WATCH LIVE | How are marketers and brands keeping our children safe in cyberspace?
Join the next instalment of the Sunday Times GenNext online webinar series in partnership with Yellowwood and Gautrain on May 13
We’re living at a time with so many advantages over previous generations: greater access to effective health care, vaccinations against disease, more accessible education, and broader transport and trade networks.
Technology and the internet, however, have proved to be a double-edged sword, where we unwittingly also expose ourselves to new threats. How do we protect our young people from cyber harm? And how do brands and marketers responsibly carve a safe space for reaching younger generations in a digital world, without compromising their safety and security?
Covid-19 and lockdown have increased the amount of time young people are spending on smartphones and other mobile devices. For a long period, they were starved of company without the daily prospect of school to look forward to, and for parents now working from home and who can’t afford to keep their children entertained throughout the day, access to the internet has been a lifesaver.
The online rush has also proved an enticing opportunity for marketers to profile and plug into younger online audiences at the speed of light, reaching children with brand messaging and advertising campaigns wherever their digital consumer trail has dropped its crumbs.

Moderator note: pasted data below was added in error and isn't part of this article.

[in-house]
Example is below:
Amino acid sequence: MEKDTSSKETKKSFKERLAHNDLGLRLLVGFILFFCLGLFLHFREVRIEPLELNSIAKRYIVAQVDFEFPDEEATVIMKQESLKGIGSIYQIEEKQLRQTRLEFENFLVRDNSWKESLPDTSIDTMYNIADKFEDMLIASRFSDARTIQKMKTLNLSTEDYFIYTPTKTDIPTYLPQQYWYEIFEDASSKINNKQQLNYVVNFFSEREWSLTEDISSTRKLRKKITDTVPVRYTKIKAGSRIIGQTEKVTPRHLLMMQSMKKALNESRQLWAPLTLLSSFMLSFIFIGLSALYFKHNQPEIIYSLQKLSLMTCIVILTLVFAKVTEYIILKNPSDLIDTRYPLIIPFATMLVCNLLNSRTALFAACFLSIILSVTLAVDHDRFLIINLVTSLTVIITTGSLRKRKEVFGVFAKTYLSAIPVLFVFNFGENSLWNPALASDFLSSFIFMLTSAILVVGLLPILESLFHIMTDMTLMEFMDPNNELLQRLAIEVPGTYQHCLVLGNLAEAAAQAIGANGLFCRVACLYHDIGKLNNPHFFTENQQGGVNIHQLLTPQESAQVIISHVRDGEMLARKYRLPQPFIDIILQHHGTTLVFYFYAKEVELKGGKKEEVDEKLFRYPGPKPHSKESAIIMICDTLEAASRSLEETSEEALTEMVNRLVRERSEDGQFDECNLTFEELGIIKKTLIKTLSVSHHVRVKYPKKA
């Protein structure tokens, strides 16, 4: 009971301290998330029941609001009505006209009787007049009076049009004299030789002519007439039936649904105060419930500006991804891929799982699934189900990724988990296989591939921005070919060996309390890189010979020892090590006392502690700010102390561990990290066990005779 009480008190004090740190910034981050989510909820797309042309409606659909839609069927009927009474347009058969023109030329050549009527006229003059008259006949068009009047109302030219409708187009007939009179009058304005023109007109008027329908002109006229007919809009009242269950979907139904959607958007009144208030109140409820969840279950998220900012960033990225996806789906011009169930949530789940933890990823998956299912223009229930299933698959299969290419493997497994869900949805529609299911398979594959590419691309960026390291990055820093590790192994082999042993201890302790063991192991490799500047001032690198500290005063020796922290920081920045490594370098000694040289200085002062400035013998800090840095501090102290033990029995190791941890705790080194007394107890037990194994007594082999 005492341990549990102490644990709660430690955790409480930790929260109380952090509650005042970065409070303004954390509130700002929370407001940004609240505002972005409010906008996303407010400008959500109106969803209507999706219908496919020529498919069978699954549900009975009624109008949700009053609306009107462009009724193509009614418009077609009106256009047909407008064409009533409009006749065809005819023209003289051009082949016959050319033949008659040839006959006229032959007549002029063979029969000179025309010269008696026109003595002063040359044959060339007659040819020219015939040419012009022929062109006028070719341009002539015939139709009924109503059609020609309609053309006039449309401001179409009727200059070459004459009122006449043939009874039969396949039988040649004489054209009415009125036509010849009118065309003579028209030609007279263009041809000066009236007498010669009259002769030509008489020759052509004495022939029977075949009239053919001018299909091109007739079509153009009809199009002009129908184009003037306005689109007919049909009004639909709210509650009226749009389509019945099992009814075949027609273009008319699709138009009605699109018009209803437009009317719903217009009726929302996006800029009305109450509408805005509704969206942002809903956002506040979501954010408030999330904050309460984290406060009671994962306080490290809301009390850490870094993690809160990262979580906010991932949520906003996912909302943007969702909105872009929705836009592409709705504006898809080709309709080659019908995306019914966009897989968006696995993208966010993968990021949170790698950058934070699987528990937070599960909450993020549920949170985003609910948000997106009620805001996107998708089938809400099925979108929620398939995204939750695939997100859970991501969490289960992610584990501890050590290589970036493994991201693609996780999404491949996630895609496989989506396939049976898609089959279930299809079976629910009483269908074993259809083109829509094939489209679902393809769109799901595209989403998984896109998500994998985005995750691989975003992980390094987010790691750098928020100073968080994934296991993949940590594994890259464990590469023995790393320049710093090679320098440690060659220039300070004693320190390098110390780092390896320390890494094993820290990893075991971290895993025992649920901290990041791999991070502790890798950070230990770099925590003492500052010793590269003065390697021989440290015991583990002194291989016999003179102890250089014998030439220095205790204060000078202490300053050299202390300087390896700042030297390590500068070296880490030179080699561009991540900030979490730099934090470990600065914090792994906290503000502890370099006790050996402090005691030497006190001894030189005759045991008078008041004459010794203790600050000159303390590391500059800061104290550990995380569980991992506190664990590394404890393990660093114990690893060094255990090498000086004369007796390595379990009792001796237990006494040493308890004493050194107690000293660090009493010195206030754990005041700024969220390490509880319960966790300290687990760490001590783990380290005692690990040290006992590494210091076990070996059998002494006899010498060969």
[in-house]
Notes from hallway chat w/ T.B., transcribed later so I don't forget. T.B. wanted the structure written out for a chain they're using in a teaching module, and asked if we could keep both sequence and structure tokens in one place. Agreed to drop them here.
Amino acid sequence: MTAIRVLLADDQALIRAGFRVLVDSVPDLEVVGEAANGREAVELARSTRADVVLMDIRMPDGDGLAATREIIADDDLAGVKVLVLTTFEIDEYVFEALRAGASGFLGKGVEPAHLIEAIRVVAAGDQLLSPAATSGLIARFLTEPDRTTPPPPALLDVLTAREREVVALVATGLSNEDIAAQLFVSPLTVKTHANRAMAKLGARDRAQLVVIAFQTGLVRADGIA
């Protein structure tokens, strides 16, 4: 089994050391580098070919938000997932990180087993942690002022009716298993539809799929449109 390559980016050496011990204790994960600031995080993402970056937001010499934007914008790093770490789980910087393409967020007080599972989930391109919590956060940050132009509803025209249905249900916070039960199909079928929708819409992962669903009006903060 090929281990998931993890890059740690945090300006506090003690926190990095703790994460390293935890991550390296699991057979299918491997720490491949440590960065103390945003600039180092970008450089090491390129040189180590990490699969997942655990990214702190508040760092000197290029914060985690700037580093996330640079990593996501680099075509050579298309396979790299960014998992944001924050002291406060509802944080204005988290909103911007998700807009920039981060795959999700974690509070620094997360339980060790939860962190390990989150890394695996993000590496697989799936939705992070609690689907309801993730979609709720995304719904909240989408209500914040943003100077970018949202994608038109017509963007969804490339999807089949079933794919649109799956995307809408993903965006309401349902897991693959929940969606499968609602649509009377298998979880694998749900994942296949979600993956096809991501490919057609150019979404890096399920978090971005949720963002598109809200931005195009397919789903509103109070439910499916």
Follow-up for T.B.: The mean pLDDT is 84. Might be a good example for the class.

According to Statista, 56.3% of the SA population are internet users, with that number projected to rise to 62.3% by 2025. Icasa’s 2020 report indicates that smartphone penetration reached 91.2% in 2019. This means young people in SA are spending more time online, increasing potential exposure to online perils.
One of the most prominent is cyberbullying, where young people are victimised online, with social media platforms being the biggest culprits. The SA College of Applied Psychology website shares that SA has the fourth-highest incidence of cyberbullying in the world. Teens who are bullied are nine times more likely to commit suicide.
There’s the risk of grooming by cyber predators who form online friendships and relationships with naive and unsuspecting young people. Children and young people may be more inclined to share their personal information online, without realising it and may also open them up to abuse or financial loss.
Children often believe they are operating in a safe space, particularly if their friends are active on certain social media and gaming platforms. It also creates a false sense of security for parents, believing their children are safe in numbers. Phishing and other scams rely on the naiveté of those who trust strangers simply because a site looks bona fide and authentic, or an e-mail has a professional look and feel.
So how do we protect young people?
Join the next instalment of the Sunday Times GenNext online webinar series in partnership with Yellowwood and Gautrain on the new reality, where digital marketing dominates most strategies, and marketers need to engage with the youth online, while promoting safe and positive online behaviour. What are the responsibilities of marketers and brands in keeping our children safe in cyberspace?